Observer Comments

14:17 Sat Nov 03, 2018

A Unique Instrument for a Unique Place!

In anticipation of high winds tonight on the summit, it seemed appropriate to discuss how the observatory measures wind speeds in such an extreme environment. Since Mt. Washington experiences wind speeds that exceed 100 mph every three days in the winter as well as rime ice accretion up to 9 inches per hour, the observatory is forced to use an unusual instrument to measure winds. Typical anemometers such as a three-cup anemometer or a vane anemometer would not be able withstand such extreme conditions. With an average wind speed of 35 mph, such instruments would wear out very quickly from spinning so fast. Additionally, with the large accumulations of rime ice, the propellers or cups would get clogged very quickly and either break or not work properly. So instead we use a pitot tube.

The pitot tube was initially invented by French engineer Henri Pitot in the early 18th century but it was later modified to its modern form in the mid-19th century by French scientist Henry Darcy. It is used to measure fluid flow velocity, most commonly used to determine the airspeed of aircrafts. The basic pitot tube consists of a metal tube pointing directly into the fluid flow. We use a pitot-static tube which is just a pitot tube with two ports, pitot and static ports. The pitot port measures the pressure of the air ramming into the tube known as the total pressure. The static port measures the static pressure of the air sliding along the tube using small holes along the side of the tube. The diagram below shows the placement of both ports.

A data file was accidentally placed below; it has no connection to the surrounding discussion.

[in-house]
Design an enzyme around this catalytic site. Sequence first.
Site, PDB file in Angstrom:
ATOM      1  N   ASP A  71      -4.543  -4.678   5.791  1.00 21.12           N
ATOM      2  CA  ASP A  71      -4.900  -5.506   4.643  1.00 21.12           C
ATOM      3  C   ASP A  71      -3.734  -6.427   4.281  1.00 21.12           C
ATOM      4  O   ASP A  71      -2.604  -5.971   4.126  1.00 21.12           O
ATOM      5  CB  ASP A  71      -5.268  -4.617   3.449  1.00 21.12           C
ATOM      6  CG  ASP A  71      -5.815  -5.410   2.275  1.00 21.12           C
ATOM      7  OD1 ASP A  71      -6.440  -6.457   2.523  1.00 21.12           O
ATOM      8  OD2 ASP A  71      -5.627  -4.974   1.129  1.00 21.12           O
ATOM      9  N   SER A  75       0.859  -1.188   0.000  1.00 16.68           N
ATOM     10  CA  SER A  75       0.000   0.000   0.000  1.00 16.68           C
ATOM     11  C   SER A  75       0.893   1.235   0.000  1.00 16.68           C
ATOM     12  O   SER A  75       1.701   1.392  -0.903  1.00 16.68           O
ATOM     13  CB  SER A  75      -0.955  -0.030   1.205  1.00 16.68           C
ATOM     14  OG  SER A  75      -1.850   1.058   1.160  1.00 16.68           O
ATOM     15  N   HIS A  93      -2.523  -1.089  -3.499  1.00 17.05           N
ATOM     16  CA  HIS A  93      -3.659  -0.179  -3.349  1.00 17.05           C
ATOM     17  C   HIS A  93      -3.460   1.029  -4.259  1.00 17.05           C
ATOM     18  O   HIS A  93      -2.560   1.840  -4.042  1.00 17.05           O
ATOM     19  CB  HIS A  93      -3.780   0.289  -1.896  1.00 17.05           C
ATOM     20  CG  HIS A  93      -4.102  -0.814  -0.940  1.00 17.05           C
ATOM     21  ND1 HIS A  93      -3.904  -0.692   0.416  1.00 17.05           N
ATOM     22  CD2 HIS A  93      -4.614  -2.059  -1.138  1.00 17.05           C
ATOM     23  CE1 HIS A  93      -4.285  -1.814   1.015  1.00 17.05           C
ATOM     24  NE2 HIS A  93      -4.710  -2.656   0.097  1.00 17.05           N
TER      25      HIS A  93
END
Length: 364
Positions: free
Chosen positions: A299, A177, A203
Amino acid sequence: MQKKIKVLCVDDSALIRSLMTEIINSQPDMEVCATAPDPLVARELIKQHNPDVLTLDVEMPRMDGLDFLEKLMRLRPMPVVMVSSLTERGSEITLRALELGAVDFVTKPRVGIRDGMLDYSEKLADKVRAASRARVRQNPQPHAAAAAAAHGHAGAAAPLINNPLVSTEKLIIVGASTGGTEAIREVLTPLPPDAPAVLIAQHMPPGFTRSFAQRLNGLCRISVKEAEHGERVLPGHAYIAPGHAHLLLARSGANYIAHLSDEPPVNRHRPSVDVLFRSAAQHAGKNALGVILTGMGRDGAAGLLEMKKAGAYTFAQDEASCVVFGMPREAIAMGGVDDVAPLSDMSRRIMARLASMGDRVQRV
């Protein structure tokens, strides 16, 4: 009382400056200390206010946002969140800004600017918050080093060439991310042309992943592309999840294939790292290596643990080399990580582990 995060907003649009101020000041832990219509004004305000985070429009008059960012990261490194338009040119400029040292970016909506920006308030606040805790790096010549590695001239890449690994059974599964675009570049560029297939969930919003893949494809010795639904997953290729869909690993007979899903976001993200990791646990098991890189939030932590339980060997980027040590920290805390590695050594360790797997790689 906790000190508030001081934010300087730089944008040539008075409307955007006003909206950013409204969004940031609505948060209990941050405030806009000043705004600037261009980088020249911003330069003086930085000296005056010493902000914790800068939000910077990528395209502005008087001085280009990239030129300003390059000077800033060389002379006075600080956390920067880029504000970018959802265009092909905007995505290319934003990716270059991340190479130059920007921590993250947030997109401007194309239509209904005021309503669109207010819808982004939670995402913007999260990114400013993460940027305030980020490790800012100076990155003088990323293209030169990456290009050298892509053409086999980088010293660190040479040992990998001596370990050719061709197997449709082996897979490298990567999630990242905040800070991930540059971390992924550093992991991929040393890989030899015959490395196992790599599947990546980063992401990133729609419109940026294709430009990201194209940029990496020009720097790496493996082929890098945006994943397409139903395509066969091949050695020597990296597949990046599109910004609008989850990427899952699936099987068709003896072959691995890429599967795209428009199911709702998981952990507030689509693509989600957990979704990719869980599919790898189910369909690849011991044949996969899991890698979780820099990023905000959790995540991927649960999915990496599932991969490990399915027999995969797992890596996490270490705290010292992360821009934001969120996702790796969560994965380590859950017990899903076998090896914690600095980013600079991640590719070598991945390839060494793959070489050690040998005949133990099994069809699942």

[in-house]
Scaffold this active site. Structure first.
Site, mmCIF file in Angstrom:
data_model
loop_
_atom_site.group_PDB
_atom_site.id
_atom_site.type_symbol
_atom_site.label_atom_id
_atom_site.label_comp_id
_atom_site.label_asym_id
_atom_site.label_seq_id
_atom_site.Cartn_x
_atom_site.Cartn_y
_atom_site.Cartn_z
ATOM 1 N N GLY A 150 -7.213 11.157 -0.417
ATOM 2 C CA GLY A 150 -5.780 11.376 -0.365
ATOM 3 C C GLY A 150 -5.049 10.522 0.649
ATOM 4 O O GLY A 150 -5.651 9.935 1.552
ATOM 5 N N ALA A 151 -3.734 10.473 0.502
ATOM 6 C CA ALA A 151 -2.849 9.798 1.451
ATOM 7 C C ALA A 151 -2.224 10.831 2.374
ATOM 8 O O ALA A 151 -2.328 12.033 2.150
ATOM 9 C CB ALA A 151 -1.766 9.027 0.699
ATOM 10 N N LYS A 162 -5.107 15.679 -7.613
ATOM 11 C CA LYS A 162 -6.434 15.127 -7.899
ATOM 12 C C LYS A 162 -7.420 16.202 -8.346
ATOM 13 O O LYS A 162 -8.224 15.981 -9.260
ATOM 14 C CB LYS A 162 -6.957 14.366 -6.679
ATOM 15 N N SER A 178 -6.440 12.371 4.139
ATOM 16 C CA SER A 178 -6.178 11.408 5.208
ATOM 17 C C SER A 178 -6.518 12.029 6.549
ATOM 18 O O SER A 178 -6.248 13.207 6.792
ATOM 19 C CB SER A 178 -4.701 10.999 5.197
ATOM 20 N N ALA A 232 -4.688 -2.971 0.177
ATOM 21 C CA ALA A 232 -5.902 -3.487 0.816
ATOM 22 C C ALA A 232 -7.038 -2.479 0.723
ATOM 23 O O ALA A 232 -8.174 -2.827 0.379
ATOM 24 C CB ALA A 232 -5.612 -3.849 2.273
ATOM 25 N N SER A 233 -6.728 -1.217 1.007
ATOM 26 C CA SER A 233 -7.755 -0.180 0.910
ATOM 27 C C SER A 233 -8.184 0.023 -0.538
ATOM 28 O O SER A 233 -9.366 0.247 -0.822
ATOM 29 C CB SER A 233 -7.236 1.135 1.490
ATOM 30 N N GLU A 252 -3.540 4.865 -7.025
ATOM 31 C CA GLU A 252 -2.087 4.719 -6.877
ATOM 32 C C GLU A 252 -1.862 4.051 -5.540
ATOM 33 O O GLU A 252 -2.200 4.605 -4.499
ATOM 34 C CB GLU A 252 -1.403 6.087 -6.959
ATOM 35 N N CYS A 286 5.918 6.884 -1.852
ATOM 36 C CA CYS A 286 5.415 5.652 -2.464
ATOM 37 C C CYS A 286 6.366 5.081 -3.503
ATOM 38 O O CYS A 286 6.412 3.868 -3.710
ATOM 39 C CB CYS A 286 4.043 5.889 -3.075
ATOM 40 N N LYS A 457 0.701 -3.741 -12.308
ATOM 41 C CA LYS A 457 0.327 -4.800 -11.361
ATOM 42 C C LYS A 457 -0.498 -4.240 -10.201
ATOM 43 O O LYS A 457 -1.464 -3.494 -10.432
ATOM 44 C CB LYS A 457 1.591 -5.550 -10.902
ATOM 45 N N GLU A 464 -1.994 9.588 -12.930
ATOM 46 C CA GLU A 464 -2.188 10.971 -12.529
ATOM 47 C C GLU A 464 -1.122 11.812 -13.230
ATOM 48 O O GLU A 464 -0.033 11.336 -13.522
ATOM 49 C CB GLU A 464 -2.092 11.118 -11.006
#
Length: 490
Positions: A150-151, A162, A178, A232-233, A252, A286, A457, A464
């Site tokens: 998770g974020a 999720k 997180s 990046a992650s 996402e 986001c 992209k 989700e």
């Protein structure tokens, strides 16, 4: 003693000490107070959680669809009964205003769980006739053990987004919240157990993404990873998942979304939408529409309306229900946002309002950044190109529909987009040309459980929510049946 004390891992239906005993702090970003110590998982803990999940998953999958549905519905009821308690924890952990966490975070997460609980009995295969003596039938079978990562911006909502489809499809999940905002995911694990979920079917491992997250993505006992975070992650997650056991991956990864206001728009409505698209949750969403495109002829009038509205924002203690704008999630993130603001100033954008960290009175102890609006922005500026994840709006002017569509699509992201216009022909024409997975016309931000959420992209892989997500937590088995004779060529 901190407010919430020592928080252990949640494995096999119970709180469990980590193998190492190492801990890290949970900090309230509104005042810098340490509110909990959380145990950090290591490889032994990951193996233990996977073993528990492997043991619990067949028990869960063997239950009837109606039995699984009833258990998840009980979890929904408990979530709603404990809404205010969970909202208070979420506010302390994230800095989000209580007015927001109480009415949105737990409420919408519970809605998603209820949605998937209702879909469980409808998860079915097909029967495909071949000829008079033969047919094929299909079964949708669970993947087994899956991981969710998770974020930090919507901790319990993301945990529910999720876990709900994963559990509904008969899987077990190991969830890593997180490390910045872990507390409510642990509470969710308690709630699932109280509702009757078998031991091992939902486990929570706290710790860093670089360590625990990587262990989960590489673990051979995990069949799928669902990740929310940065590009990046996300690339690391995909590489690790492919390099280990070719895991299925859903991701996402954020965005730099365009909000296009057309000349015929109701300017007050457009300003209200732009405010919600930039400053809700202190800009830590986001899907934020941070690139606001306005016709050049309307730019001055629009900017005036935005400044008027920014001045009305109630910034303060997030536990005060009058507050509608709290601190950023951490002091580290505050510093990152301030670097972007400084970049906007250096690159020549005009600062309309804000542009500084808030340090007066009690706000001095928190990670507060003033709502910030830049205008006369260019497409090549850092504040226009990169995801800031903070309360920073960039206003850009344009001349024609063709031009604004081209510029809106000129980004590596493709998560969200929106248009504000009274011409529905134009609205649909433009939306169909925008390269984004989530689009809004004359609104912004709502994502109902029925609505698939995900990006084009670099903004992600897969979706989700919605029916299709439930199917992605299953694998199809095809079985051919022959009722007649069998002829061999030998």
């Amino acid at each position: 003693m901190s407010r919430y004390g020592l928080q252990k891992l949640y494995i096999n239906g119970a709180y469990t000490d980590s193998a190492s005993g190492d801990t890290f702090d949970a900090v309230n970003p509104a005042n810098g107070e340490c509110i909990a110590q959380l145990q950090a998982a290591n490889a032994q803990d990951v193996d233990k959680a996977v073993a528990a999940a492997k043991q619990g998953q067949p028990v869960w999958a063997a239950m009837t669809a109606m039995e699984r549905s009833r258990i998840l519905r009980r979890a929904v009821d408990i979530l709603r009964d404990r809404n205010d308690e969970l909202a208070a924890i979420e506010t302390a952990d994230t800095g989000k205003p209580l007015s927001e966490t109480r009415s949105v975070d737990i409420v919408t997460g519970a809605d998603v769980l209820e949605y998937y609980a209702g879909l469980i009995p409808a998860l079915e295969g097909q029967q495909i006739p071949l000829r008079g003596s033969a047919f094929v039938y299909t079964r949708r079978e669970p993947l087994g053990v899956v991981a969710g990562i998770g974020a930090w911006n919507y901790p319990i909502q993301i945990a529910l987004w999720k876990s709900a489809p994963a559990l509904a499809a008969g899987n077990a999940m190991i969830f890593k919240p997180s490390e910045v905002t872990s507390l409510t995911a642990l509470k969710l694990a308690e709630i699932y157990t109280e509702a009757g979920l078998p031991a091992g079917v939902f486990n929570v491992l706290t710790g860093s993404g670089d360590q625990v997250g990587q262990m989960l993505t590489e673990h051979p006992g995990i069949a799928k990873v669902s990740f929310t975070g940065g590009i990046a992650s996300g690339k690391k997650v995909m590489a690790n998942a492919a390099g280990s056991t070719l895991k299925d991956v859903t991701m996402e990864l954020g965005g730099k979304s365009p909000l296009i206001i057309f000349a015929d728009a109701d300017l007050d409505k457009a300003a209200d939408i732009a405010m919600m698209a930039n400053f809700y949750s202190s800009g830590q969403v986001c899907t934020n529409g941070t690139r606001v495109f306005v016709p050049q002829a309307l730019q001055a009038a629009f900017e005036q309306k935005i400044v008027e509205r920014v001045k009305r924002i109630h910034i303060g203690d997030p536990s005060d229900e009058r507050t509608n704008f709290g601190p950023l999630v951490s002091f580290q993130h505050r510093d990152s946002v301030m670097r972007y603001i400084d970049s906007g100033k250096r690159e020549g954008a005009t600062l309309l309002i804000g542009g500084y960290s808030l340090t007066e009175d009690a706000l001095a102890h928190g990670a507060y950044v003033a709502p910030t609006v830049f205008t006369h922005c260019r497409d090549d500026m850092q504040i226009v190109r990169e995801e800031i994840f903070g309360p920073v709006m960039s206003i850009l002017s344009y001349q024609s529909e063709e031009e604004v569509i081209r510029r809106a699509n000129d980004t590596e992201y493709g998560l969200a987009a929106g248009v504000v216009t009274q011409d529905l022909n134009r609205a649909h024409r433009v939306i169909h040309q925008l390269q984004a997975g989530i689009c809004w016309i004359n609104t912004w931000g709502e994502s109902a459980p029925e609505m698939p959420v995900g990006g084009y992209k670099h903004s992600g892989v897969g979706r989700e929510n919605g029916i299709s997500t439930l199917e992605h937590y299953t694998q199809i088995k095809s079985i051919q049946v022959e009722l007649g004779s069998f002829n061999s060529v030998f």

The pitot tube is able to output air velocity using a fundamental principal called Bernoulli’s principle. Bernoulli’s equation states that the Total Pressure = Static pressure + Dynamic Pressure. Using the measured static and total pressure, one can thus calculate the dynamic pressure. Bernoulli’s principle also states that the dynamic pressure can be related to the velocity of the fluid. So calculating the pressure differential between the static and total pressure will give you the velocity of the airflow! Connecting a tail to the end of the tube makes sure that the tube always points into the direction of the wind meaning it can always accurately measure the wind speed regardless of direction.

This special anemometer has several perks. First, this instrument does not have any moving parts like a propeller. This means that it will not be jammed with ice as temperatures dip below freezing nor will it wear out from high wind speeds. It also has the huge advantage of being able to be heated which helps to combat the large quantities of rime ice that collect on every surface.

With such unique conditions present at Mt. Washington, we use a pretty unique instrument. Hopefully you learned a little something about it from this blog post and hopefully we see this instrument recording some pretty high winds tonight!

Chloe Boehm, Summit Intern


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